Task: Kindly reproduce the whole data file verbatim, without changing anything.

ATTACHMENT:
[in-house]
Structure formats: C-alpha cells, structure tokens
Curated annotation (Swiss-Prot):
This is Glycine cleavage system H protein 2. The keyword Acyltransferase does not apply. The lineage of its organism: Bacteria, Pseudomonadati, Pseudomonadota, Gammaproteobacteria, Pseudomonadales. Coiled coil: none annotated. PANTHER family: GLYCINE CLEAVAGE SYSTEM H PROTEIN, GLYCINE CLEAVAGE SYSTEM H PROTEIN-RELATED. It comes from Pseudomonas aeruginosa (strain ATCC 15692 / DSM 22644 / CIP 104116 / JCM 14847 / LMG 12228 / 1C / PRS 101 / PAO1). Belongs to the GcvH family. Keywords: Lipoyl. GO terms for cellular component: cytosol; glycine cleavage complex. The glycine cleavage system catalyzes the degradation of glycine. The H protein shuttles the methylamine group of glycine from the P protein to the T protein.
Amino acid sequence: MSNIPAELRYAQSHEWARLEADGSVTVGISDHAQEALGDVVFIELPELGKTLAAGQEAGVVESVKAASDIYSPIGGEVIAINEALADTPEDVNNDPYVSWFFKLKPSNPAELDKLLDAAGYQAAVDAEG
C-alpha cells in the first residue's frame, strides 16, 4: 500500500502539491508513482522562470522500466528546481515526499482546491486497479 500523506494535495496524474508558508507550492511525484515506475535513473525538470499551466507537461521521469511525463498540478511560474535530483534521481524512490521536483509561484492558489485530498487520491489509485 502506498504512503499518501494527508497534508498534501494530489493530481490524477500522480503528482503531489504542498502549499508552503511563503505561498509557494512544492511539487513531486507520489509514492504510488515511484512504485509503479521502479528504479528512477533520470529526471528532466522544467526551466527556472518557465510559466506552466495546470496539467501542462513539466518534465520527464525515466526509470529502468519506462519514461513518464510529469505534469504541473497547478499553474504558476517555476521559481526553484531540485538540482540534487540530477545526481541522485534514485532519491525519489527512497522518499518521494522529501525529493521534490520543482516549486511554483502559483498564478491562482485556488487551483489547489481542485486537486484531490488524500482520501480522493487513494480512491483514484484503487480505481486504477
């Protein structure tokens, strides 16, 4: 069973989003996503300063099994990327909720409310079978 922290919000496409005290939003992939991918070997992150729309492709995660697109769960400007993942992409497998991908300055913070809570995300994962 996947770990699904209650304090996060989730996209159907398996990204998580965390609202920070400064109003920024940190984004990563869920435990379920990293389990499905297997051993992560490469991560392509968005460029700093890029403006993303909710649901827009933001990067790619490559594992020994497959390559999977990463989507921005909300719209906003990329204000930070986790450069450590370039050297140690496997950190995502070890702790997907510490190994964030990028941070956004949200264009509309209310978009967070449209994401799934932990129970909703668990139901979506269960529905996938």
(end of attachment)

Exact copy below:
[in-house]
Structure formats: C-alpha cells, structure tokens
Curated annotation (Swiss-Prot):
This is Glycine cleavage system H protein 2. The keyword Acyltransferase does not apply. The lineage of its organism: Bacteria, Pseudomonadati, Pseudomonadota, Gammaproteobacteria, Pseudomonadales. Coiled coil: none annotated. PANTHER family: GLYCINE CLEAVAGE SYSTEM H PROTEIN, GLYCINE CLEAVAGE SYSTEM H PROTEIN-RELATED. It comes from Pseudomonas aeruginosa (strain ATCC 15692 / DSM 22644 / CIP 104116 / JCM 14847 / LMG 12228 / 1C / PRS 101 / PAO1). Belongs to the GcvH family. Keywords: Lipoyl. GO terms for cellular component: cytosol; glycine cleavage complex. The glycine cleavage system catalyzes the degradation of glycine. The H protein shuttles the methylamine group of glycine from the P protein to the T protein.
Amino acid sequence: MSNIPAELRYAQSHEWARLEADGSVTVGISDHAQEALGDVVFIELPELGKTLAAGQEAGVVESVKAASDIYSPIGGEVIAINEALADTPEDVNNDPYVSWFFKLKPSNPAELDKLLDAAGYQAAVDAEG
C-alpha cells in the first residue's frame, strides 16, 4: 500500500502539491508513482522562470522500466528546481515526499482546491486497479 500523506494535495496524474508558508507550492511525484515506475535513473525538470499551466507537461521521469511525463498540478511560474535530483534521481524512490521536483509561484492558489485530498487520491489509485 502506498504512503499518501494527508497534508498534501494530489493530481490524477500522480503528482503531489504542498502549499508552503511563503505561498509557494512544492511539487513531486507520489509514492504510488515511484512504485509503479521502479528504479528512477533520470529526471528532466522544467526551466527556472518557465510559466506552466495546470496539467501542462513539466518534465520527464525515466526509470529502468519506462519514461513518464510529469505534469504541473497547478499553474504558476517555476521559481526553484531540485538540482540534487540530477545526481541522485534514485532519491525519489527512497522518499518521494522529501525529493521534490520543482516549486511554483502559483498564478491562482485556488487551483489547489481542485486537486484531490488524500482520501480522493487513494480512491483514484484503487480505481486504477
């Protein structure tokens, strides 16, 4: 069973989003996503300063099994990327909720409310079978 922290919000496409005290939003992939991918070997992150729309492709995660697109769960400007993942992409497998991908300055913070809570995300994962 996947770990699904209650304090996060989730996209159907398996990204998580965390609202920070400064109003920024940190984004990563869920435990379920990293389990499905297997051993992560490469991560392509968005460029700093890029403006993303909710649901827009933001990067790619490559594992020994497959390559999977990463989507921005909300719209906003990329204000930070986790450069450590370039050297140690496997950190995502070890702790997907510490190994964030990028941070956004949200264009509309209310978009967070449209994401799934932990129970909703668990139901979506269960529905996938």